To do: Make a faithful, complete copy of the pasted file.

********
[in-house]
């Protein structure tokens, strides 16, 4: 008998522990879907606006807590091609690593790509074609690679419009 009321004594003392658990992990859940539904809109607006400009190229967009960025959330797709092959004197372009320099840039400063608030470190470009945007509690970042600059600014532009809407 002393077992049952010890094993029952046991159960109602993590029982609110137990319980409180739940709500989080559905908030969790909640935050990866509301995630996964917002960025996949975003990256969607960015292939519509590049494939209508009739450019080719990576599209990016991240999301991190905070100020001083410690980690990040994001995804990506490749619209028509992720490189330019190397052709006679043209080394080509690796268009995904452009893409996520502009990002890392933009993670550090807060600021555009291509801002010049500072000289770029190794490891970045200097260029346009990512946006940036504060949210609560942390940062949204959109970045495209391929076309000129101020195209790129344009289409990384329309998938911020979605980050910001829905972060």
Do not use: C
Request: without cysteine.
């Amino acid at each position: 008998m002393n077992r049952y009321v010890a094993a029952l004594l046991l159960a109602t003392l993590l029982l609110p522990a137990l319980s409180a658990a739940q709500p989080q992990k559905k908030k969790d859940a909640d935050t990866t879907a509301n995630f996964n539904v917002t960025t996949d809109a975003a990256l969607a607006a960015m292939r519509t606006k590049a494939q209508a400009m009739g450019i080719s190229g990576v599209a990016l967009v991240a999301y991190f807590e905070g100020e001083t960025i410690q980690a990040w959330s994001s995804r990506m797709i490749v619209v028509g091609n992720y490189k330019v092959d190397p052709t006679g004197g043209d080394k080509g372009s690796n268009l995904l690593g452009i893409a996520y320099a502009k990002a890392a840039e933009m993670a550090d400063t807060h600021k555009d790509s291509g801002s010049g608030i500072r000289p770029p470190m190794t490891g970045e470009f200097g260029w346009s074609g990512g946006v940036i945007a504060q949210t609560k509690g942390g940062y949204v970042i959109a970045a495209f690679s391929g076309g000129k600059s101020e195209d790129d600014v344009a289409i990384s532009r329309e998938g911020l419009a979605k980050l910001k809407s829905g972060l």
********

[in-house]
């Protein structure tokens, strides 16, 4: 008998522990879907606006807590091609690593790509074609690679419009 009321004594003392658990992990859940539904809109607006400009190229967009960025959330797709092959004197372009320099840039400063608030470190470009945007509690970042600059600014532009809407 002393077992049952010890094993029952046991159960109602993590029982609110137990319980409180739940709500989080559905908030969790909640935050990866509301995630996964917002960025996949975003990256969607960015292939519509590049494939209508009739450019080719990576599209990016991240999301991190905070100020001083410690980690990040994001995804990506490749619209028509992720490189330019190397052709006679043209080394080509690796268009995904452009893409996520502009990002890392933009993670550090807060600021555009291509801002010049500072000289770029190794490891970045200097260029346009990512946006940036504060949210609560942390940062949204959109970045495209391929076309000129101020195209790129344009289409990384329309998938911020979605980050910001829905972060």
Do not use: C
Request: without cysteine.
């Amino acid at each position: 008998m002393n077992r049952y009321v010890a094993a029952l004594l046991l159960a109602t003392l993590l029982l609110p522990a137990l319980s409180a658990a739940q709500p989080q992990k559905k908030k969790d859940a909640d935050t990866t879907a509301n995630f996964n539904v917002t960025t996949d809109a975003a990256l969607a607006a960015m292939r519509t606006k590049a494939q209508a400009m009739g450019i080719s190229g990576v599209a990016l967009v991240a999301y991190f807590e905070g100020e001083t960025i410690q980690a990040w959330s994001s995804r990506m797709i490749v619209v028509g091609n992720y490189k330019v092959d190397p052709t006679g004197g043209d080394k080509g372009s690796n268009l995904l690593g452009i893409a996520y320099a502009k990002a890392a840039e933009m993670a550090d400063t807060h600021k555009d790509s291509g801002s010049g608030i500072r000289p770029p470190m190794t490891g970045e470009f200097g260029w346009s074609g990512g946006v940036i945007a504060q949210t609560k509690g942390g940062y949204v970042i959109a970045a495209f690679s391929g076309g000129k600059s101020e195209d790129d600014v344009a289409i990384s532009r329309e998938g911020l419009a979605k980050l910001k809407s829905g972060l």